Chicken Liver Pâté With Bourbon and Cranberry Gelée

@Pterodactom You make a good point-- I was sure it was a 2-quart ramekin but I just crossed checked the volume against my Le Creuset terrine mold, which I know holds this volume of pate, and that is 1 1/2 quarts, so I just adjusted the recipe. It'd work in a larger ramekin, but there's be more empty space at the top which isn't ideal. It might even fit in a 1-quart, but I'd be worried it wouldn't quite make it.

Make-Ahead Thanksgiving Dishes That Travel Well

@porgy for safety's sake, you're probably right to want to cook the stuffing fully, then reheat the next day.

Chicken Liver Pâté With Bourbon and Cranberry Gelée

@kelly Where I live it's readily available but if you're having trouble finding it, you could try a health food store. If not that, use cranberry juice cocktail but omit the sugar since it's plenty sweet enough

Crispy Mashed Potato Casserole With Bacon, Cheese, and Scallions

@paigek Yes, you should add some melted butter, maybe 3 or 4 tablespoons to moisten the breadcrumbs with fat

Crispy Mashed Potato Casserole With Bacon, Cheese, and Scallions

@It'sAlwaysSuni A skin could form reheating it without a topping, but if you reheat it covered, or dot it with butter, it should be fine.

The Food Lab's Complete Guide to a Stress-Free Thanksgiving

Thanks for the broken link alert, I just fixed it and Hasselback Gratin now leads to the right recipe.

In Praise of a Turkey-Free Thanksgiving

@monopod That's basically how I feel, although I'd argue that a turkey at its best is still inferior to almost every other roast/centerpiece I can think of at its best. I still like at at Thanksgiving though.

Fall Harvest Salad With Roasted Brassicas, Fingerlings, and Radishes

@yarnyoga You'll lose a fair amount of broccoli/cauliflower in the process of trimming it down into florets, but you're also right that with water loss it ends up being quite a bit less once roasted.

Apple-Pecan Bourbon-Caramel Pie

Sorry guys, 1/2 cup butter is correct, but the "2 sticks" printed was an error. I just corrected it.

In Praise of a Turkey-Free Thanksgiving

If I step back and think objectively about turkey, detached from nostalgia and tradition, I have to agree that turkey is pretty far down the list of animal proteins I like. The dark meat is the best, but the legs are packed full of impenetrable tendons. As for the breast meat, even when juicy, it's just not the best stuff—the muscle fibers are just too damned big. I fully respect anyone who says to hell with it and cooks something tastier. That said, I personally still want turkey for Thanksgiving for some odd reason. Funny, because I don't have much of a soft spot for tradition in most cases. A second turkey at Christmas though? People who do that are out of their minds.

Fall Harvest Salad With Roasted Brassicas, Fingerlings, and Radishes

@Vegan Oh, also, it's worth saying that when I peel a sunchoke, I don't worry about preserving every little nubbin and bump on it. I just aggressively peel, and the sunchoke ends up being a much more uniform shape. It's wasteful, I suppose, but, like ginger, tiny little protrusions just aren't worth trying to save in my mind. A Paring knife would work too, especially if you're okay with just trimming off all the little bumps.

Fall Harvest Salad With Roasted Brassicas, Fingerlings, and Radishes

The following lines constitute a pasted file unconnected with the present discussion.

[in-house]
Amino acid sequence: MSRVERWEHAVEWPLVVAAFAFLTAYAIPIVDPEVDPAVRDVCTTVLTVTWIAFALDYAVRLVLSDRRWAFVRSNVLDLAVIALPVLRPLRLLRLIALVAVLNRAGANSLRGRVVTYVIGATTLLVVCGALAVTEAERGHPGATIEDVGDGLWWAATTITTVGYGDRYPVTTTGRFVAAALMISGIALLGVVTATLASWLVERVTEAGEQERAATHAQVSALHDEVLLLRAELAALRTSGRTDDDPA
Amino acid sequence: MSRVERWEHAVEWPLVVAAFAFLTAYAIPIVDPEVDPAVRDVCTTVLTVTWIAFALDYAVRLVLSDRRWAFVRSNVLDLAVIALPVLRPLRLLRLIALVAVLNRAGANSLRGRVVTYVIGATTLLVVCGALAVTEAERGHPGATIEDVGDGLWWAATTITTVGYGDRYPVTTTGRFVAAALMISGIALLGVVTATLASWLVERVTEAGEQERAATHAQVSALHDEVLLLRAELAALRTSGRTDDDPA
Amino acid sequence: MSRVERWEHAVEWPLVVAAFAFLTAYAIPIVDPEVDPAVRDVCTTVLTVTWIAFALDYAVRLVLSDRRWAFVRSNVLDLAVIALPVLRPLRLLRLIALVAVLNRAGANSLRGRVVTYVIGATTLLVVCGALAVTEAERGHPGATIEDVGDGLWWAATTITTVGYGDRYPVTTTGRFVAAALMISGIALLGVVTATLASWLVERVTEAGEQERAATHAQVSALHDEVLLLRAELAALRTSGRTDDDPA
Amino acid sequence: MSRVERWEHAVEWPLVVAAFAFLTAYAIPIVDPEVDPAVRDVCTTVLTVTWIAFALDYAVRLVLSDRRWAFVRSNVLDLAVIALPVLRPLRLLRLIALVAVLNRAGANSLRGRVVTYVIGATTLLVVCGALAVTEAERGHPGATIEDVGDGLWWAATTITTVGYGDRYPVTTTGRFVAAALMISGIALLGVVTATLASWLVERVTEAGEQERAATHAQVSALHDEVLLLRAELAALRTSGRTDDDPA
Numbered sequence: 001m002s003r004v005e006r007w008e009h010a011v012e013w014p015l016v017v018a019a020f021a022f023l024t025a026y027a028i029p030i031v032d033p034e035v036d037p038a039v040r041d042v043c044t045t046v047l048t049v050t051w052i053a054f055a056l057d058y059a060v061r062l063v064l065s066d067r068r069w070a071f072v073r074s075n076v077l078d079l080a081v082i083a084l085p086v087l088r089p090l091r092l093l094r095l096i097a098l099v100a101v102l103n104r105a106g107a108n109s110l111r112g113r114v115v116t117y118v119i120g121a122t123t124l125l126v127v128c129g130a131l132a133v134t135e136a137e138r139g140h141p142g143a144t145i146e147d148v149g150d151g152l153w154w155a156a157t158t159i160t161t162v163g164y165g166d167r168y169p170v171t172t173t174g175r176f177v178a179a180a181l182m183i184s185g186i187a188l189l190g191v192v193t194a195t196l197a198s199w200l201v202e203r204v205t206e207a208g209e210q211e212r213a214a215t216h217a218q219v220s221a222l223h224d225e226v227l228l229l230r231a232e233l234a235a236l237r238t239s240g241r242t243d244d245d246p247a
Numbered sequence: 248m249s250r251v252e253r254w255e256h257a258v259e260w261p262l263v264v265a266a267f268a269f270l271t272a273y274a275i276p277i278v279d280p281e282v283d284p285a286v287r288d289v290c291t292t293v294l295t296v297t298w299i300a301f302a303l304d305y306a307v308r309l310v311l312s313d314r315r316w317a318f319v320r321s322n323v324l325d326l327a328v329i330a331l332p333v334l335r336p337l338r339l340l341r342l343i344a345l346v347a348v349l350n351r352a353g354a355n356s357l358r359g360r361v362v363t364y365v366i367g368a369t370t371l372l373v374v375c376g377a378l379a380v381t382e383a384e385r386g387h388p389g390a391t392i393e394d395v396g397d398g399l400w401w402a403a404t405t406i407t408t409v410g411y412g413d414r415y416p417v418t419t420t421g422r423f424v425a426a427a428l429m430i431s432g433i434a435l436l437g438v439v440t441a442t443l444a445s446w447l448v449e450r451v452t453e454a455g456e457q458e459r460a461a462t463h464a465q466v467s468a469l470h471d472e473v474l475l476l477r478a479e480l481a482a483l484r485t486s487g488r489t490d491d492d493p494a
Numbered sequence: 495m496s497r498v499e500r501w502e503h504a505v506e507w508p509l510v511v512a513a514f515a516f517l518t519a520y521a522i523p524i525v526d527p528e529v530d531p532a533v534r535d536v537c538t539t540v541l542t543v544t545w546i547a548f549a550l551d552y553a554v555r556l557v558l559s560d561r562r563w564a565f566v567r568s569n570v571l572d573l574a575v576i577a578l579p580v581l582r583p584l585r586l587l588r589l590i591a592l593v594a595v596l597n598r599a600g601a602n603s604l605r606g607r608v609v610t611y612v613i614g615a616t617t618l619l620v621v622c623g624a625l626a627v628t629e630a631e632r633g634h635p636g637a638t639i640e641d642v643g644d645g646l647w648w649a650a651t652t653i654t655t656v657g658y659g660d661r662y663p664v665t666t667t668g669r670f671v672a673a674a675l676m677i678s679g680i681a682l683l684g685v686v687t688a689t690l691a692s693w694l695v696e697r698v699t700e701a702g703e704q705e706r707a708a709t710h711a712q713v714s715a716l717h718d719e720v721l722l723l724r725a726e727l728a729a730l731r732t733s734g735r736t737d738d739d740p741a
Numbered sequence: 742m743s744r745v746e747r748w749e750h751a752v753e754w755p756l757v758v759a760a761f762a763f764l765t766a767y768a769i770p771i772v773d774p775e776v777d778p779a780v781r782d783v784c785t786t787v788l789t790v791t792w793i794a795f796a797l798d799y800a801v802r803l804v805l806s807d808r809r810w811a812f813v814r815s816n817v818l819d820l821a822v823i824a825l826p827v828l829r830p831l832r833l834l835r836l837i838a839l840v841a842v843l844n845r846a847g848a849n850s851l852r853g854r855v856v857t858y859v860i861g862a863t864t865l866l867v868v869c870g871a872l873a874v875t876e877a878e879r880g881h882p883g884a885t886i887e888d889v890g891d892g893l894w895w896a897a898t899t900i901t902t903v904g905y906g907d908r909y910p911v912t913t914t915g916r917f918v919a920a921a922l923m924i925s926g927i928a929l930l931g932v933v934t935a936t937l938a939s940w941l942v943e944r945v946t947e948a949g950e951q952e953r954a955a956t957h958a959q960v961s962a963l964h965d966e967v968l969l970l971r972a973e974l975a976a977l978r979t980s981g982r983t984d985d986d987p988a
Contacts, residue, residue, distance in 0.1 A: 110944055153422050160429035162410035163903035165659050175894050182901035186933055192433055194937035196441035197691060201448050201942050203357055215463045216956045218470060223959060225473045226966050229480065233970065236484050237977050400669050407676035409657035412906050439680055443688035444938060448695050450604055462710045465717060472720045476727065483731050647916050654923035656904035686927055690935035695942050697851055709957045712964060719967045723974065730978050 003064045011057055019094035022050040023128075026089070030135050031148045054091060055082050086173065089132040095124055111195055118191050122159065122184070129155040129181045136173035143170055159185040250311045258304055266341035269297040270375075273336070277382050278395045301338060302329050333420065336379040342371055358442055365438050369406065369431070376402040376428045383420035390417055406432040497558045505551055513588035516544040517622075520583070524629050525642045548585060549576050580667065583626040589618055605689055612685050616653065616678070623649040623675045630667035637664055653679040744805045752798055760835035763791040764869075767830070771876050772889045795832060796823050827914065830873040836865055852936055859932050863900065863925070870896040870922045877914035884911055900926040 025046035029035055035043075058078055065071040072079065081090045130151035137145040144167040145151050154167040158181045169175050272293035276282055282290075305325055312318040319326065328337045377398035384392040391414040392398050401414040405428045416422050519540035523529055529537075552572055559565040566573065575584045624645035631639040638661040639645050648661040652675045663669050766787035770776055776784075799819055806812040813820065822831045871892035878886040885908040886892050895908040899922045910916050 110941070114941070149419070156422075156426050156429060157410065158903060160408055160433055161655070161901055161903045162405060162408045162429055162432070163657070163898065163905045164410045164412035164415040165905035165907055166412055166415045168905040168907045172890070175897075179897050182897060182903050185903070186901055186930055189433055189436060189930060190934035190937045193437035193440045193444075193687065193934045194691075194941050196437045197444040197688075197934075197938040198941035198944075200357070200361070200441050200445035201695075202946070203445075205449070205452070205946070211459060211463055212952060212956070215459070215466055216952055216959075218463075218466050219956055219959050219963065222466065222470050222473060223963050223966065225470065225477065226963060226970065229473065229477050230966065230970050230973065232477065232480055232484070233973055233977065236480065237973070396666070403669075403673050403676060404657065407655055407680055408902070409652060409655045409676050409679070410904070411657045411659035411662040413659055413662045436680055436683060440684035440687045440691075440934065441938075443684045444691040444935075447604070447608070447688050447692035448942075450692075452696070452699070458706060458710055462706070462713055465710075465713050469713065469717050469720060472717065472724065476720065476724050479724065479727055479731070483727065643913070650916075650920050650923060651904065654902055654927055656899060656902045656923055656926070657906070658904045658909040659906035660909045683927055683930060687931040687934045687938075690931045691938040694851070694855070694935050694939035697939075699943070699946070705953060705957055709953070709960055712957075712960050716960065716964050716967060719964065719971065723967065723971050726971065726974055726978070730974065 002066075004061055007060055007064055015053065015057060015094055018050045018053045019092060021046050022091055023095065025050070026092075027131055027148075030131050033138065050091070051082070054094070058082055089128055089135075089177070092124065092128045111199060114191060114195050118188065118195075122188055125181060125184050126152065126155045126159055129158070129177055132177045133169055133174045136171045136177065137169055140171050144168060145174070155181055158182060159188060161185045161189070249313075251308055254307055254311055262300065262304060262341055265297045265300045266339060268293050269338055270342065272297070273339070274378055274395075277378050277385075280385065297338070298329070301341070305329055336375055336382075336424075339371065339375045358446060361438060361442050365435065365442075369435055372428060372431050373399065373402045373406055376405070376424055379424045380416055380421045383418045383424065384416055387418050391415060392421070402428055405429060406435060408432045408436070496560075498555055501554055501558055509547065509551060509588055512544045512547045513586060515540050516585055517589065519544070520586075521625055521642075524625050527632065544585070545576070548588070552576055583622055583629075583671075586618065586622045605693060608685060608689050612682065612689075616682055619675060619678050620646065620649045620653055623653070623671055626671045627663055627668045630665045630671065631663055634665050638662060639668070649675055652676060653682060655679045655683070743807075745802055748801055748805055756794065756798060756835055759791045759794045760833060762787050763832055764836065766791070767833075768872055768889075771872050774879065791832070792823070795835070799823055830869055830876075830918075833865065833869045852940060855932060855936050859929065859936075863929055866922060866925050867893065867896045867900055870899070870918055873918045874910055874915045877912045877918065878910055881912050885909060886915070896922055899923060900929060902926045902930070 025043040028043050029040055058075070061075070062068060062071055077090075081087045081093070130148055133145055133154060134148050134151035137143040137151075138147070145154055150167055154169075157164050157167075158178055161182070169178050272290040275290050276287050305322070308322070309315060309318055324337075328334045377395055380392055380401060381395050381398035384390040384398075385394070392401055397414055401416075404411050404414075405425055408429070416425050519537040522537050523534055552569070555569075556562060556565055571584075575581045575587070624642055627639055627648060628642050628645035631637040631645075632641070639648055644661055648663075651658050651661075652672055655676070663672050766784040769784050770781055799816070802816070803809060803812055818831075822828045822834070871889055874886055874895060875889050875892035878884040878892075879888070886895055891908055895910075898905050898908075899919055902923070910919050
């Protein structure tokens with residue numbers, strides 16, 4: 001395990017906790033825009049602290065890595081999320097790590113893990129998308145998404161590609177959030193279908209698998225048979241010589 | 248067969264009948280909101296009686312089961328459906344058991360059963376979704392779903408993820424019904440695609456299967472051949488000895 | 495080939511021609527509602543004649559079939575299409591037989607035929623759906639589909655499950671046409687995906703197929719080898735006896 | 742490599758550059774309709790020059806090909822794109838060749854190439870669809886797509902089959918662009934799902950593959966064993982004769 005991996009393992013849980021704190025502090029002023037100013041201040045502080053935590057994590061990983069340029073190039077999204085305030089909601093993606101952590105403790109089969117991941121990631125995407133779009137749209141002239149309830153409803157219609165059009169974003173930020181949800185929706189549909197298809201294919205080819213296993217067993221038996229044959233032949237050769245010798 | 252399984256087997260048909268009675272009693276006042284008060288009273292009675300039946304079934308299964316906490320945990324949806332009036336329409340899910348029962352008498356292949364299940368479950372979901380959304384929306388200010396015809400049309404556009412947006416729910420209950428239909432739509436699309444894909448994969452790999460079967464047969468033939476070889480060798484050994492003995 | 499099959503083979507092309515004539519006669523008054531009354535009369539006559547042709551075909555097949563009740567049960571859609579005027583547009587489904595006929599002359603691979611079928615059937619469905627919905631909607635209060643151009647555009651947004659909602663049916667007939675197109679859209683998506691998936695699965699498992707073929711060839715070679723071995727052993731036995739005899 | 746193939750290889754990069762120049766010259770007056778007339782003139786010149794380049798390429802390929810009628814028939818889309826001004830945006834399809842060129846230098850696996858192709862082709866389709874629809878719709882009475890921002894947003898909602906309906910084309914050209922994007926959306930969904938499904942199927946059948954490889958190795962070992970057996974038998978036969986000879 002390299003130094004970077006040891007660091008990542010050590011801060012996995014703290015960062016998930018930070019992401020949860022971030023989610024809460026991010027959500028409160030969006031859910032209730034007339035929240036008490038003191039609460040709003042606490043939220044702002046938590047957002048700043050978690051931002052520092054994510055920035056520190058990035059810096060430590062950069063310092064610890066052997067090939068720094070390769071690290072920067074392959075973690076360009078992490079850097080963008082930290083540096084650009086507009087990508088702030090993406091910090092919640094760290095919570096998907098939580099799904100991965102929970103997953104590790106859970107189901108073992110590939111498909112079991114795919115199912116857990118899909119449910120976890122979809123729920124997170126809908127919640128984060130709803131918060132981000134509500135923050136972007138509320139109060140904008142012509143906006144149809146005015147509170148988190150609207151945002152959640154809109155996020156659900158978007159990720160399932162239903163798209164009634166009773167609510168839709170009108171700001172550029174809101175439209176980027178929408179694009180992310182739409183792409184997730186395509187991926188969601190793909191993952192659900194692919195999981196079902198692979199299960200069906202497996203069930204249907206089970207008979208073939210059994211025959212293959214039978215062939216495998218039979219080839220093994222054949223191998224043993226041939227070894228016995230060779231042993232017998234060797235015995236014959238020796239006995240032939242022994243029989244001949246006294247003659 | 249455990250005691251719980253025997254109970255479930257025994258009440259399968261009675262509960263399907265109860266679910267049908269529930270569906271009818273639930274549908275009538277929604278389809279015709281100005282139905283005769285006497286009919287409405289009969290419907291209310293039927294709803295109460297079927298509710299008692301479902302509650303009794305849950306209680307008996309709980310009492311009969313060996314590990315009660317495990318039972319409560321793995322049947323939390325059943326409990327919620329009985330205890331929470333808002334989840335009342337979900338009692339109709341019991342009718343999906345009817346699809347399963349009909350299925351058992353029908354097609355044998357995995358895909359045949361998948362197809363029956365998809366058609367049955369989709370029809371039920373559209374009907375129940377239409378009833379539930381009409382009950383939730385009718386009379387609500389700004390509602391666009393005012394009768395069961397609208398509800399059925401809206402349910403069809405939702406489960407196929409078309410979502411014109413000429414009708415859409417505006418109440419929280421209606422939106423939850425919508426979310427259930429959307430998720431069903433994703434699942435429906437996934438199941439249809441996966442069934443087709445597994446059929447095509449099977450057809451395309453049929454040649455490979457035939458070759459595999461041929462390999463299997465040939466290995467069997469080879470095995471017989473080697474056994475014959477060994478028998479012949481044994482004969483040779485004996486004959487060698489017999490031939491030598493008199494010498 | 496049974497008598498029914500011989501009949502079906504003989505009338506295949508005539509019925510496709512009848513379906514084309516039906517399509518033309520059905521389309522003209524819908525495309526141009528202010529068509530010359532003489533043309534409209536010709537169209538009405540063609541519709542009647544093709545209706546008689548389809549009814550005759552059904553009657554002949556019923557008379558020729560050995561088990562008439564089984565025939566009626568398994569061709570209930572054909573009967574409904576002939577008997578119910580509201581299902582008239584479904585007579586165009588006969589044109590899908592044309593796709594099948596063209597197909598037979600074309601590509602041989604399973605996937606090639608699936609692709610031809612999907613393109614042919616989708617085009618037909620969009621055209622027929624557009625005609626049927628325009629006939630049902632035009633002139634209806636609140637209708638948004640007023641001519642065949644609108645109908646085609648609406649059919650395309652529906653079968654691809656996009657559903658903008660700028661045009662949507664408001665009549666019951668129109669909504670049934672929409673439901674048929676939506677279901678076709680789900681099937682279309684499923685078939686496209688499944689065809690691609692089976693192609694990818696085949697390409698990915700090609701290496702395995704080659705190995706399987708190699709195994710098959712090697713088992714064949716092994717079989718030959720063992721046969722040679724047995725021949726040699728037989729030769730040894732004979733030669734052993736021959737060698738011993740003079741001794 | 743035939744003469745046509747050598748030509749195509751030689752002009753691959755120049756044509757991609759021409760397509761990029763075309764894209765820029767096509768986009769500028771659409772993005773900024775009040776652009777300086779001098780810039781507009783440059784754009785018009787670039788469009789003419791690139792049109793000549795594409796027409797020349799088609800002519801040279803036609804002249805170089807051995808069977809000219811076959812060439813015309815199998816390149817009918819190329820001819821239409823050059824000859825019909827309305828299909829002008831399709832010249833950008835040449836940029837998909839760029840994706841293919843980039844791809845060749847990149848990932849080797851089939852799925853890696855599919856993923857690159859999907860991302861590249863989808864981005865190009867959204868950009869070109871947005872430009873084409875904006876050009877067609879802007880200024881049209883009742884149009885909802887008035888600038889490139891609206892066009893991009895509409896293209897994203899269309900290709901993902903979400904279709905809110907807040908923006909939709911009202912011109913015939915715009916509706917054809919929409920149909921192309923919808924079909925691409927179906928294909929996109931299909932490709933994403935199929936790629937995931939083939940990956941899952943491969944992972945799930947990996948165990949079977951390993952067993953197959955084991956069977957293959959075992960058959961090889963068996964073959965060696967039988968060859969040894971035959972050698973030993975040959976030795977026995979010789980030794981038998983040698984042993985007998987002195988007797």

@Vegan Peeling a sunchoke is admittedly a little awkward. Do you use a y-peeler? They're superior, at least in my mind, to the ones a lot of people have at home. I think they make it easier, but it's still kind of awkward. Good news is you don't need to peel many for this recipe (roasted ones are skin-on). And if you're dead-set against it, this recipe will still work if you omit the peeled and thinly sliced sunchokes. You could even sub some small white turnips instead. Or not—it's very flexible.

How to Deep Fry a Turkey Without Killing Yourself, Indoors and Out

@bdcbbq I mentioned that above with a photo of the fire extinguisher, though it's an important enough point to reiterate here.

How to Make The Best Chicken Stock

3 Ways to Make Delicious Mashed Potatoes in Advance

@jnfisher01 I've never tried cooking the potatoes and then not mashing them until serving. It might work, though it adds last-minute work, which kind of undoes much of the in-advance part that makes the method worthwhile.

@MichaelQ Do you mean a mason jar that's sealed using traditional canning methods? I've never tried to put one of those in an hot water bath. Anyone else? Holding foods at hot temps in an immersion circulator can work for a lot of moist foods, though I'd avoid anything where you want browning or crispness like stuffing, since it will come out of the bag a little too steamy.

The Best Fresh Tomato Sauce

@Colby75 Refrigeration should be fine if it's just for a couple days; if longer, freeze to avoid risk of spoilage and you should be fine.

The Magic of Crispy, Creamy, Fully Loaded Make-Ahead Mashed Potato Casserole

@timedeating funny you should mention that, I have a piece going up later today about exactly that.

Crispy Mashed Potato Casserole With Bacon, Cheese, and Scallions

For everyone asking about the save recipe button, unfortunately that feature was powered by a third party called Ziplist, and Ziplist is shutting down. You can read more about it here. For those who really liked how that feature worked, I know this may be disappointing, but the good news is that there are many other ways to save recipes for future reference. Evernote and Pinterest, for example, all work very well for exactly that task.

Crispy Mashed Potato Casserole With Bacon, Cheese, and Scallions

@TheFinn That sounds like a fun idea. You may need to tweak the method slightly since you don't want the potato chips to burn in the oven...maybe add the topping for the last 15 minutes or so of heating instead of for the full duration?

The Ultimate Fully Loaded Nachos

What does it take to make an incredible plate of bar-style, fully loaded nachos? For starters, at least three kinds of cheese, two kinds of beans, and two different applications of creamy, tangy dairy. It may sound like overkill, but there's a method to this madness. More